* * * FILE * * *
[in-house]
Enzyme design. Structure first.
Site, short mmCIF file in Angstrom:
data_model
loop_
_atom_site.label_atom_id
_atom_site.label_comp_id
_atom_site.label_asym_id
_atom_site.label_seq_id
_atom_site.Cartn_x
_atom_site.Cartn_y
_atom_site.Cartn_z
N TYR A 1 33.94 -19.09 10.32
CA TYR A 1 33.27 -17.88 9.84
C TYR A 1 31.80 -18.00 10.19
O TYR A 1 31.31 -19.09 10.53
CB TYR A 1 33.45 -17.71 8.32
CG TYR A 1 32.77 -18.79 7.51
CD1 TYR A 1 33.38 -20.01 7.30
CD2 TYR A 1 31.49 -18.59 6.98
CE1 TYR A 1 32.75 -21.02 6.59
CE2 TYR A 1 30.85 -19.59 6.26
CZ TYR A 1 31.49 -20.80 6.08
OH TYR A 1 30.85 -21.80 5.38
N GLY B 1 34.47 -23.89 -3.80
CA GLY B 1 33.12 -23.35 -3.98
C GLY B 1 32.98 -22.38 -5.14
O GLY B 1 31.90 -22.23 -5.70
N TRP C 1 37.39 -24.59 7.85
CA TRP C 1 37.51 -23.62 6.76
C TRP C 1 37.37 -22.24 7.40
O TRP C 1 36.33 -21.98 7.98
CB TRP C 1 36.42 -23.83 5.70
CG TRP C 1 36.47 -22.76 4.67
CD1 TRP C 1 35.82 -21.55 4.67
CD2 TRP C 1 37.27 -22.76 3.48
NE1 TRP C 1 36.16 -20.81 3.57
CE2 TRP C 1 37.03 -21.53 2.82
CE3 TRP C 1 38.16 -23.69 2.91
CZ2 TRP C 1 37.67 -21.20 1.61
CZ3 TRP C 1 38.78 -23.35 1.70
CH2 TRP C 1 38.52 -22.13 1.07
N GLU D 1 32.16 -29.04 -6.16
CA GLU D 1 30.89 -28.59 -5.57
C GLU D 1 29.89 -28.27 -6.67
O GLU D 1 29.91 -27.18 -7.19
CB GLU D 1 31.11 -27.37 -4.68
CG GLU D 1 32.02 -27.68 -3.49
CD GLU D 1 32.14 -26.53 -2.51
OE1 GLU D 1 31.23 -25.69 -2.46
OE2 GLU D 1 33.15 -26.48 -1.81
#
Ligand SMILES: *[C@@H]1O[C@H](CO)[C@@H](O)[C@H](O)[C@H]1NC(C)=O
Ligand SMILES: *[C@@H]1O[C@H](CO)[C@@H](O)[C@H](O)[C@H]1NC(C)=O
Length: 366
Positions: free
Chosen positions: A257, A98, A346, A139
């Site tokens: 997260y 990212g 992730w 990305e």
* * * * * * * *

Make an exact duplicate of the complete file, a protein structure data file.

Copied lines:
[in-house]
Enzyme design. Structure first.
Site, short mmCIF file in Angstrom:
data_model
loop_
_atom_site.label_atom_id
_atom_site.label_comp_id
_atom_site.label_asym_id
_atom_site.label_seq_id
_atom_site.Cartn_x
_atom_site.Cartn_y
_atom_site.Cartn_z
N TYR A 1 33.94 -19.09 10.32
CA TYR A 1 33.27 -17.88 9.84
C TYR A 1 31.80 -18.00 10.19
O TYR A 1 31.31 -19.09 10.53
CB TYR A 1 33.45 -17.71 8.32
CG TYR A 1 32.77 -18.79 7.51
CD1 TYR A 1 33.38 -20.01 7.30
CD2 TYR A 1 31.49 -18.59 6.98
CE1 TYR A 1 32.75 -21.02 6.59
CE2 TYR A 1 30.85 -19.59 6.26
CZ TYR A 1 31.49 -20.80 6.08
OH TYR A 1 30.85 -21.80 5.38
N GLY B 1 34.47 -23.89 -3.80
CA GLY B 1 33.12 -23.35 -3.98
C GLY B 1 32.98 -22.38 -5.14
O GLY B 1 31.90 -22.23 -5.70
N TRP C 1 37.39 -24.59 7.85
CA TRP C 1 37.51 -23.62 6.76
C TRP C 1 37.37 -22.24 7.40
O TRP C 1 36.33 -21.98 7.98
CB TRP C 1 36.42 -23.83 5.70
CG TRP C 1 36.47 -22.76 4.67
CD1 TRP C 1 35.82 -21.55 4.67
CD2 TRP C 1 37.27 -22.76 3.48
NE1 TRP C 1 36.16 -20.81 3.57
CE2 TRP C 1 37.03 -21.53 2.82
CE3 TRP C 1 38.16 -23.69 2.91
CZ2 TRP C 1 37.67 -21.20 1.61
CZ3 TRP C 1 38.78 -23.35 1.70
CH2 TRP C 1 38.52 -22.13 1.07
N GLU D 1 32.16 -29.04 -6.16
CA GLU D 1 30.89 -28.59 -5.57
C GLU D 1 29.89 -28.27 -6.67
O GLU D 1 29.91 -27.18 -7.19
CB GLU D 1 31.11 -27.37 -4.68
CG GLU D 1 32.02 -27.68 -3.49
CD GLU D 1 32.14 -26.53 -2.51
OE1 GLU D 1 31.23 -25.69 -2.46
OE2 GLU D 1 33.15 -26.48 -1.81
#
Ligand SMILES: *[C@@H]1O[C@H](CO)[C@@H](O)[C@H](O)[C@H]1NC(C)=O
Ligand SMILES: *[C@@H]1O[C@H](CO)[C@@H](O)[C@H](O)[C@H]1NC(C)=O
Length: 366
Positions: free
Chosen positions: A257, A98, A346, A139
């Site tokens: 997260y 990212g 992730w 990305e």